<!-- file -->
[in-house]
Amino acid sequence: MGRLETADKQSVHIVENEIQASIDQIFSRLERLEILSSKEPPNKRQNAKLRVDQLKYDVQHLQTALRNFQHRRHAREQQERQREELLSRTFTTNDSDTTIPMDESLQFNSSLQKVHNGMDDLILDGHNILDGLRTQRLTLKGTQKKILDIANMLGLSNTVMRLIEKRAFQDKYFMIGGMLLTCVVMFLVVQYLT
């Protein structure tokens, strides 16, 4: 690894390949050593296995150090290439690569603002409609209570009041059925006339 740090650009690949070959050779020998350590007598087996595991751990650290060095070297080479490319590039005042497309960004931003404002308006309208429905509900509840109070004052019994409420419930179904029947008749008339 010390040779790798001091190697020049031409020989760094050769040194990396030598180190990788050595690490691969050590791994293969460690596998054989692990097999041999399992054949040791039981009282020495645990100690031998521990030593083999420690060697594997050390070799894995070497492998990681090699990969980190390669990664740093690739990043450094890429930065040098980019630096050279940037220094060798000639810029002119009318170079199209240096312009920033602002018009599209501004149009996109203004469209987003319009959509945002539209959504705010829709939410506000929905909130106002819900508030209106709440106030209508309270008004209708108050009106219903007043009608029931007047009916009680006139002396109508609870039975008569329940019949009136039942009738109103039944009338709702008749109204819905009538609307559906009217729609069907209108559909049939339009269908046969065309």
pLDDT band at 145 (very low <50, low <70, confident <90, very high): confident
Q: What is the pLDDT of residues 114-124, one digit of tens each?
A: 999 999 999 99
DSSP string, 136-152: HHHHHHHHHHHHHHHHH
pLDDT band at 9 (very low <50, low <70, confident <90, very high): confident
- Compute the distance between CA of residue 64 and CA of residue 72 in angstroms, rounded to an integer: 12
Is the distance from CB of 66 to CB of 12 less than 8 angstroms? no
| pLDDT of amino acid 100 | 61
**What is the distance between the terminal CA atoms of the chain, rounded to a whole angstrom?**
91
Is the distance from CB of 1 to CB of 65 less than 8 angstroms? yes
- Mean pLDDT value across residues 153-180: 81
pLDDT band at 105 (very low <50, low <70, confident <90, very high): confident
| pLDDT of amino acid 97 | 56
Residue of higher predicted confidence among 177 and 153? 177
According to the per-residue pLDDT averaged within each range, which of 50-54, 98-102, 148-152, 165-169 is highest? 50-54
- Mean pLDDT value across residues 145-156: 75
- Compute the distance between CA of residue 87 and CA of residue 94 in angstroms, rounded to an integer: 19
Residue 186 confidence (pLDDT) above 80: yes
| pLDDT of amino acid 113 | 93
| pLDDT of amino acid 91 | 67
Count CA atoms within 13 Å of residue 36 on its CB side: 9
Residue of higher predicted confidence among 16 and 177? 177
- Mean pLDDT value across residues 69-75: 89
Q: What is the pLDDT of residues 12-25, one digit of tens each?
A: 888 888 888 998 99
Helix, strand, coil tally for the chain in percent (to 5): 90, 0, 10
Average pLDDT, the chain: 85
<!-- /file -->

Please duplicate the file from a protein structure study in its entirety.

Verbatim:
[in-house]
Amino acid sequence: MGRLETADKQSVHIVENEIQASIDQIFSRLERLEILSSKEPPNKRQNAKLRVDQLKYDVQHLQTALRNFQHRRHAREQQERQREELLSRTFTTNDSDTTIPMDESLQFNSSLQKVHNGMDDLILDGHNILDGLRTQRLTLKGTQKKILDIANMLGLSNTVMRLIEKRAFQDKYFMIGGMLLTCVVMFLVVQYLT
């Protein structure tokens, strides 16, 4: 690894390949050593296995150090290439690569603002409609209570009041059925006339 740090650009690949070959050779020998350590007598087996595991751990650290060095070297080479490319590039005042497309960004931003404002308006309208429905509900509840109070004052019994409420419930179904029947008749008339 010390040779790798001091190697020049031409020989760094050769040194990396030598180190990788050595690490691969050590791994293969460690596998054989692990097999041999399992054949040791039981009282020495645990100690031998521990030593083999420690060697594997050390070799894995070497492998990681090699990969980190390669990664740093690739990043450094890429930065040098980019630096050279940037220094060798000639810029002119009318170079199209240096312009920033602002018009599209501004149009996109203004469209987003319009959509945002539209959504705010829709939410506000929905909130106002819900508030209106709440106030209508309270008004209708108050009106219903007043009608029931007047009916009680006139002396109508609870039975008569329940019949009136039942009738109103039944009338709702008749109204819905009538609307559906009217729609069907209108559909049939339009269908046969065309």
pLDDT band at 145 (very low <50, low <70, confident <90, very high): confident
Q: What is the pLDDT of residues 114-124, one digit of tens each?
A: 999 999 999 99
DSSP string, 136-152: HHHHHHHHHHHHHHHHH
pLDDT band at 9 (very low <50, low <70, confident <90, very high): confident
- Compute the distance between CA of residue 64 and CA of residue 72 in angstroms, rounded to an integer: 12
Is the distance from CB of 66 to CB of 12 less than 8 angstroms? no
| pLDDT of amino acid 100 | 61
**What is the distance between the terminal CA atoms of the chain, rounded to a whole angstrom?**
91
Is the distance from CB of 1 to CB of 65 less than 8 angstroms? yes
- Mean pLDDT value across residues 153-180: 81
pLDDT band at 105 (very low <50, low <70, confident <90, very high): confident
| pLDDT of amino acid 97 | 56
Residue of higher predicted confidence among 177 and 153? 177
According to the per-residue pLDDT averaged within each range, which of 50-54, 98-102, 148-152, 165-169 is highest? 50-54
- Mean pLDDT value across residues 145-156: 75
- Compute the distance between CA of residue 87 and CA of residue 94 in angstroms, rounded to an integer: 19
Residue 186 confidence (pLDDT) above 80: yes
| pLDDT of amino acid 113 | 93
| pLDDT of amino acid 91 | 67
Count CA atoms within 13 Å of residue 36 on its CB side: 9
Residue of higher predicted confidence among 16 and 177? 177
- Mean pLDDT value across residues 69-75: 89
Q: What is the pLDDT of residues 12-25, one digit of tens each?
A: 888 888 888 998 99
Helix, strand, coil tally for the chain in percent (to 5): 90, 0, 10
Average pLDDT, the chain: 85